Uninsured & Underinsured Motorist Insurance Coverage
Uninsured and underinsured motorist insurance coverage (UM/UIM) are optional insurance benefits that can be selected in a personal or commercial auto policy. UM/UIM coverage will pay an injury victim or the family of someone wrongfully killed in a motor vehicle accident when the other driver is at fault and either has no auto insurance, or does not have enough to fully compensate the victim or family. Monetary compensation can be received for medical bills, lost wages, disfigurement, pain and suffering and loss of life’s pleasures.
The amount of UM/UIM coverage is selected by the named insured under the policy of insurance. The limits can be equal to or less than the limits of bodily injury liability coverage selected under the same policy. In some cases, UM/UIM can be waived entirely because it is not mandatory under certain personal or commercial policies issued in Pennsylvania or New Jersey. However, purchasing uninsured and underinsured motorist coverage is usually a smart choice if you wish to protect yourself and your family.
Pennsylvania and New Jersey laws require most drivers to maintain a minimum of $15,000 per person, $30,00 per accident, and $5,000 per accident for property damage. This is normally abbreviated as $15/30/5. New Jersey, though, has exceptions for low income drivers who may purchase what is known as a “dollar per day policy.” As most drivers know, even though auto insurance is mandatory, there are still thousands of vehicles being driven that are uninsured. For more specific information on the auto insurance laws of the State of New Jersey, Click Here.
Uninsured motorists usually have fewer assets and less income than motorists maintaining a policy of auto insurance. Unfortunately, this leads to injury victims being unable to recover fair monetary compensation for their losses unless they protect themselves under their own auto policy with sufficient policy limits for UM/UIM benefits coverage.
Here is a group of questions to help you understand the dynamics of uninsured and underinsured motorist coverages: (Click Questions for Answers)
- What is the definition of uninsured motorist coverage?
- What are the differences between uninsured and underinsured motorist coverages?
- What types of situations do UM/UIM benefits cover?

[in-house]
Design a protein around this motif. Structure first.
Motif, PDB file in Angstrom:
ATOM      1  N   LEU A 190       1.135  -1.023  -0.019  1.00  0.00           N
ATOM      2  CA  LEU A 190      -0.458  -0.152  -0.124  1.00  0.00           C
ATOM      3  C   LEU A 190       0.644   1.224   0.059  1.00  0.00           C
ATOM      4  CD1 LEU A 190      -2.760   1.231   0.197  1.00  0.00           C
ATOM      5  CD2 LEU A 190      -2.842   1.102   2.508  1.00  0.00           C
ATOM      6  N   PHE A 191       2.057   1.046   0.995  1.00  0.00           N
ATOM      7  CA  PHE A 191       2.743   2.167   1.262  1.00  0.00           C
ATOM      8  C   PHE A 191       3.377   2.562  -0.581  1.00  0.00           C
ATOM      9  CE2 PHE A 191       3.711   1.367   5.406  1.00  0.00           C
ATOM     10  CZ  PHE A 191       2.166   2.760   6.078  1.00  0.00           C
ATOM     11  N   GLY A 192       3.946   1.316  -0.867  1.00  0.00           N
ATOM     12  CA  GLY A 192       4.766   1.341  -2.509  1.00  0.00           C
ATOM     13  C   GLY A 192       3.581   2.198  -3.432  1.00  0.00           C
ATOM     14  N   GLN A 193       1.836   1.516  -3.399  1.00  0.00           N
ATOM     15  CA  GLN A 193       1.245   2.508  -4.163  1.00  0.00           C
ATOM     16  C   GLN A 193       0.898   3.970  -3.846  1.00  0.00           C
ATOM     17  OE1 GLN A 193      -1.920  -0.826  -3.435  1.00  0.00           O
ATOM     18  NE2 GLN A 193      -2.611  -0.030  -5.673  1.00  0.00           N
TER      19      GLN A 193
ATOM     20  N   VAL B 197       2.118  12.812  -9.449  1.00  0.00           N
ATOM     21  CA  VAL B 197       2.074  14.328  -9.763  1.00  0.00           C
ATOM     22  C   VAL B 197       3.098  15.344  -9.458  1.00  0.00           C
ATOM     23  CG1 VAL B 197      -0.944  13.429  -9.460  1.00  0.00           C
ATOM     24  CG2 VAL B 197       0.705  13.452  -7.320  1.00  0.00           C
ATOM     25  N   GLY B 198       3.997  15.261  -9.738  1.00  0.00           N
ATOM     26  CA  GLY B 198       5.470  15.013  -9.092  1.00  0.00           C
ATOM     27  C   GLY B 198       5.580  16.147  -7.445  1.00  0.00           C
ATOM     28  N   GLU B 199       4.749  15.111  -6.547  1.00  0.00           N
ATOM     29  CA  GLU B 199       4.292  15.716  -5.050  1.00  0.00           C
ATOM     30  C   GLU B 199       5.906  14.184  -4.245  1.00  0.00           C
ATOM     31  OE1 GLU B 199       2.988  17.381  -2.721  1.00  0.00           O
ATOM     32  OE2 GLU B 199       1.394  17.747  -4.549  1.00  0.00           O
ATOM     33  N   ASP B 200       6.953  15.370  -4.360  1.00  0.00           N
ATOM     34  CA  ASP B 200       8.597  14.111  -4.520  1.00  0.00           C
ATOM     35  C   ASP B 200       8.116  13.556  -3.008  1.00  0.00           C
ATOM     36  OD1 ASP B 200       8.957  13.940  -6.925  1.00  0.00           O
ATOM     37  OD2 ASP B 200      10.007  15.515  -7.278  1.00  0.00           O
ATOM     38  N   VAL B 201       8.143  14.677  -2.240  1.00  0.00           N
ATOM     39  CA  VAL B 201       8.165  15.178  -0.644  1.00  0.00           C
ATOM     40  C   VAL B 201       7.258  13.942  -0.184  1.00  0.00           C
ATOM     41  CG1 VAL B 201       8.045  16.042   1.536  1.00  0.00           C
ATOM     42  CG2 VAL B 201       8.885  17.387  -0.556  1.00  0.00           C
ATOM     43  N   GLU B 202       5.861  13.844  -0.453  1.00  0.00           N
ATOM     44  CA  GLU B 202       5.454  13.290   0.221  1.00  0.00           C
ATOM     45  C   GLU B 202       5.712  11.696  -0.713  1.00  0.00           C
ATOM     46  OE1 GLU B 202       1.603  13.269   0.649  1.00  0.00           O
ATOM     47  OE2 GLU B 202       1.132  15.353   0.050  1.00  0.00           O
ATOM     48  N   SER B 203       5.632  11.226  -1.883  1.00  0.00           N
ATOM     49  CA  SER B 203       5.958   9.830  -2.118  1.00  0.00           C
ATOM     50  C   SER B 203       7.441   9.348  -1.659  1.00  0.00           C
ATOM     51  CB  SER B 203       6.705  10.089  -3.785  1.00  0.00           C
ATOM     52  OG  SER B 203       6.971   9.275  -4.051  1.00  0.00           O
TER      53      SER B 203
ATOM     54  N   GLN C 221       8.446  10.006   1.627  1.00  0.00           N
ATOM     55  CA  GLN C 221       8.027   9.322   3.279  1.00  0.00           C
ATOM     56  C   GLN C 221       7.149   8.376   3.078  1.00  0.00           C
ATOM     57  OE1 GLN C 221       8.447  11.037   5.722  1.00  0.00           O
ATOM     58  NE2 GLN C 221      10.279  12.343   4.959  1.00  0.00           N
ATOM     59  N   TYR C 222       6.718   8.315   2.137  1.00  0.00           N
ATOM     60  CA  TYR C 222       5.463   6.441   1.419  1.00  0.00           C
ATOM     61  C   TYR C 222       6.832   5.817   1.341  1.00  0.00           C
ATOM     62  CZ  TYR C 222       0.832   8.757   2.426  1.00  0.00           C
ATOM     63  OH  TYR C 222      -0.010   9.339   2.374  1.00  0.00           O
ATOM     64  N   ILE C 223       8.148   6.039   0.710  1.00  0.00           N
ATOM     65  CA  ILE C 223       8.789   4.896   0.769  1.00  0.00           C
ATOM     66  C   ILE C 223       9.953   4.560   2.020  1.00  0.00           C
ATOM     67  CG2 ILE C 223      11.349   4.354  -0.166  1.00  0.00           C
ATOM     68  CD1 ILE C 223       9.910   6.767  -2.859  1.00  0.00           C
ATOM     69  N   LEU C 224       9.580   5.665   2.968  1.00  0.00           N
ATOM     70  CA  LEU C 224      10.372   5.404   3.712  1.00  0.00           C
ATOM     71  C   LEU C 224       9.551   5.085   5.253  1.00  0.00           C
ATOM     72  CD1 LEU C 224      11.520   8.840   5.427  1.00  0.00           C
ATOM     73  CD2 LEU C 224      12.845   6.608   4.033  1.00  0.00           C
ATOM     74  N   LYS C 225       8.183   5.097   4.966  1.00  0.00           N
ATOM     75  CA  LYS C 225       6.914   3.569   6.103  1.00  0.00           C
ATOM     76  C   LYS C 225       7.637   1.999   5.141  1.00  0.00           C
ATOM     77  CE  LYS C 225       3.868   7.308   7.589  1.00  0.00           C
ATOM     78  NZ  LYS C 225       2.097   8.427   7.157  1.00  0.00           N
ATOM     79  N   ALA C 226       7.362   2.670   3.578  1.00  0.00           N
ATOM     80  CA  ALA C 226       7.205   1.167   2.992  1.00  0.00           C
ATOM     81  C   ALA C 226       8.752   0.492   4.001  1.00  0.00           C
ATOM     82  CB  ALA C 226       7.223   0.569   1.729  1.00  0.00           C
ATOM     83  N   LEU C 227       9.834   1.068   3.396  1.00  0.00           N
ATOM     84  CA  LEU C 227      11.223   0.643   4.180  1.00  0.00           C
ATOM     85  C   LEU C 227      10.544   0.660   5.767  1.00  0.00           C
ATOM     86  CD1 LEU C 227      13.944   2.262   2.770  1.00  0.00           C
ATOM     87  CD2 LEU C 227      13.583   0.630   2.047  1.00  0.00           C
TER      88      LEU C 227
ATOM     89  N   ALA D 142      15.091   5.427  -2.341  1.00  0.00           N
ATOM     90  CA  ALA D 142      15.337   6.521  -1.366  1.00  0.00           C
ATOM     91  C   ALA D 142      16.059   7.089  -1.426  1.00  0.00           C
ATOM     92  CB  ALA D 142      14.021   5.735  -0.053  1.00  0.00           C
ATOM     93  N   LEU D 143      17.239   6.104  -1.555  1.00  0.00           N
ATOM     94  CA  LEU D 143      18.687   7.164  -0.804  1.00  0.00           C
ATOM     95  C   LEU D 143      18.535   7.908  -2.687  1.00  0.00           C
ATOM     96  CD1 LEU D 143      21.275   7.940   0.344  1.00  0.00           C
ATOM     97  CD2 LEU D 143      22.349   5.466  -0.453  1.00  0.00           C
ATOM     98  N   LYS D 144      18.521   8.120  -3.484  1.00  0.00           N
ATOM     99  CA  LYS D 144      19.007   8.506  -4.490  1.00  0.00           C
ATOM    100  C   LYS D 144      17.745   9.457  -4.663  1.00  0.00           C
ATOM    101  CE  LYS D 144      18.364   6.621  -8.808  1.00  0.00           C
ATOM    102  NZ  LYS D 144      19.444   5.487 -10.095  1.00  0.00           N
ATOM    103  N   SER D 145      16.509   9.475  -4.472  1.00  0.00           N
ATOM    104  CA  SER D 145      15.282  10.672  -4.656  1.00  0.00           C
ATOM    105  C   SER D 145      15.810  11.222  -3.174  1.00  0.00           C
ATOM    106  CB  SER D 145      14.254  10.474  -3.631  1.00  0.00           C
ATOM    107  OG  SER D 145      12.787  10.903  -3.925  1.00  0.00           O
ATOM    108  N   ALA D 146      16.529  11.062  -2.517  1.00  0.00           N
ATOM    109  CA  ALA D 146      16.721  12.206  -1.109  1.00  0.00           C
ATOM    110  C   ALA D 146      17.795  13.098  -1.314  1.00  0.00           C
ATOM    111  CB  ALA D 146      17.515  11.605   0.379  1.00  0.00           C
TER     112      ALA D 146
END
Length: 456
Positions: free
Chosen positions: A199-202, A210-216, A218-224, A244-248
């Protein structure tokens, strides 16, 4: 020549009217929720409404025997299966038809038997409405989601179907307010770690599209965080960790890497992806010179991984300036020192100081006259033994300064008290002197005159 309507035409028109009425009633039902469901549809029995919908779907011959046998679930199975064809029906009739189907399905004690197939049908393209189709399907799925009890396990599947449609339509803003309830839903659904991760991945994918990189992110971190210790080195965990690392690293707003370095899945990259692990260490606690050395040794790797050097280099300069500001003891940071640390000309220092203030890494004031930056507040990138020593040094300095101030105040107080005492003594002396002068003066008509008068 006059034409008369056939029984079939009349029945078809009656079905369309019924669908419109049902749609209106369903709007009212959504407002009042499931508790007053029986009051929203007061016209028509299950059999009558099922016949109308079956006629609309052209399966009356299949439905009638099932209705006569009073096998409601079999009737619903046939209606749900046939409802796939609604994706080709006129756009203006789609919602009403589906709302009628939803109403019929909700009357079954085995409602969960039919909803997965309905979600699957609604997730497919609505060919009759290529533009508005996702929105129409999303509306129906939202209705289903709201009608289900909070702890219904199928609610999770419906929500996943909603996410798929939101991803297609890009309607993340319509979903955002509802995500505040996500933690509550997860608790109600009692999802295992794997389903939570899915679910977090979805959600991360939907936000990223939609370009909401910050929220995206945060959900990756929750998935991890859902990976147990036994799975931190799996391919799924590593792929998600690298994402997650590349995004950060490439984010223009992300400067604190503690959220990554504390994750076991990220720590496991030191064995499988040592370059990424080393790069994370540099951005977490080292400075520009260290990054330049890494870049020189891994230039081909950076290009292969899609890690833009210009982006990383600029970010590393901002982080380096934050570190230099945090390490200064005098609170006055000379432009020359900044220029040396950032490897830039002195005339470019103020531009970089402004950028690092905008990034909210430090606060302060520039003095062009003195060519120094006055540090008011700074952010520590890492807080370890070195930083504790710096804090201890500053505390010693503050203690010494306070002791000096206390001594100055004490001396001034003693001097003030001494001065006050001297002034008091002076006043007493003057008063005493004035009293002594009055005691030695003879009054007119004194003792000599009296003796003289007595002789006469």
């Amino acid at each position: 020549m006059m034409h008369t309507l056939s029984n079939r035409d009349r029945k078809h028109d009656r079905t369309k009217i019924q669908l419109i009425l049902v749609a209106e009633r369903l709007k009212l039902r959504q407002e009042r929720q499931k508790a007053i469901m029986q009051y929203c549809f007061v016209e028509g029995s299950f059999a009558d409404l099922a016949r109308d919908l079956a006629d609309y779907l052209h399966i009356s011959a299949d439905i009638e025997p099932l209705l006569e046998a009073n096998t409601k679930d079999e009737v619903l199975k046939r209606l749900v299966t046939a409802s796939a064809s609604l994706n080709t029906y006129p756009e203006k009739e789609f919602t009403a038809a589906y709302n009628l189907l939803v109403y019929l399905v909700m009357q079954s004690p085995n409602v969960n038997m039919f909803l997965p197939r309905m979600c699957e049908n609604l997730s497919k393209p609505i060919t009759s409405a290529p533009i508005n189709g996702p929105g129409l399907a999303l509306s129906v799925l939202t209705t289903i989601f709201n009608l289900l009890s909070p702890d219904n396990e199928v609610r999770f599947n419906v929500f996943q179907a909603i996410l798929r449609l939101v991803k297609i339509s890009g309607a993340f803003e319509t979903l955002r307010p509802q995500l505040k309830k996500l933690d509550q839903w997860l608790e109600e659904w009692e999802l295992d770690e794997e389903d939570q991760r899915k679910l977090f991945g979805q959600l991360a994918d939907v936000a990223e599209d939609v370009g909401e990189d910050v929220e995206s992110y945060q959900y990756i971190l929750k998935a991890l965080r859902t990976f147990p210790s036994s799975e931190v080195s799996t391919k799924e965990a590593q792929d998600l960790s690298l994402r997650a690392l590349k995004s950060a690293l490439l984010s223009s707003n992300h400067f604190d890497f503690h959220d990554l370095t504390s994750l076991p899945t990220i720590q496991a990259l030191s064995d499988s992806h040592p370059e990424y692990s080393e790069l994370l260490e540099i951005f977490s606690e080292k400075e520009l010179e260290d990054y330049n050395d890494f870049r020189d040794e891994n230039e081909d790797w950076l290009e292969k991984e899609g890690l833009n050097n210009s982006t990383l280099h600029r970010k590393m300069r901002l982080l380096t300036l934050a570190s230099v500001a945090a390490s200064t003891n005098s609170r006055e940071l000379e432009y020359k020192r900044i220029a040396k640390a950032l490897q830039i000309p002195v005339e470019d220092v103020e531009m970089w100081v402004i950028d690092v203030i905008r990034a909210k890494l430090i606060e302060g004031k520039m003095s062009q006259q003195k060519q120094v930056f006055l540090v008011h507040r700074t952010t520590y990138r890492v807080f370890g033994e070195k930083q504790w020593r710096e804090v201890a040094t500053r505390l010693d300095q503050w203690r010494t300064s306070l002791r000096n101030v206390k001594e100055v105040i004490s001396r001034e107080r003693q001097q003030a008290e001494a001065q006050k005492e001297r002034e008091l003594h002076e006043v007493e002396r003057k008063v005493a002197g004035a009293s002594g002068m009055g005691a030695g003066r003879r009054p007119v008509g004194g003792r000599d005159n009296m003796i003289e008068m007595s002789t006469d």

- Why do I need UM/UIM coverage if I have personal health insurance?
- What limits of UM/UIM coverage are sufficient to protect my family?
- How do you start a claim for UM/UIM coverage?
- Does UM/UIM coverage apply in a hit and run accident?
- Does UM/UIM coverage apply if I or a family member are involved in a pedestrian motor vehicle collision?
What is the definition of uninsured motorist coverage?
Uninsured motor coverage (UM) is part of a class of coverages known as “first party” insurance benefits. This means the insurance premium for UM has been paid by the injury victim or a family member, who selected the coverage under their policy of auto insurance. Other examples of first party insurance include collision, car rental or medical benefits coverage. Basically, it is an insurance benefit that someone purchases to protect themselves and their family in the event of a claim in which they need to be reimbursed. For example, your vehicle is damaged in a crash and your auto insurance company will pay you to have your vehicle repaired.
The other type of insurance coverage is known as “third party” liability insurance coverage. This protects an insured when they are at fault for a motor vehicle crash and need to pay another person’s claim. This other person is known as the “third party.” An example of this would be when you drive through a red light and crash into another auto. Your auto insurance company will pay on your behalf to have the other vehicle repaired so you do not have to personally pay it. Your property damage liability coverage would pay this type of claim. If you also injured someone in the crash, then your bodily injury liability coverage would on your behalf pay the injury victim for their bodily injury damages.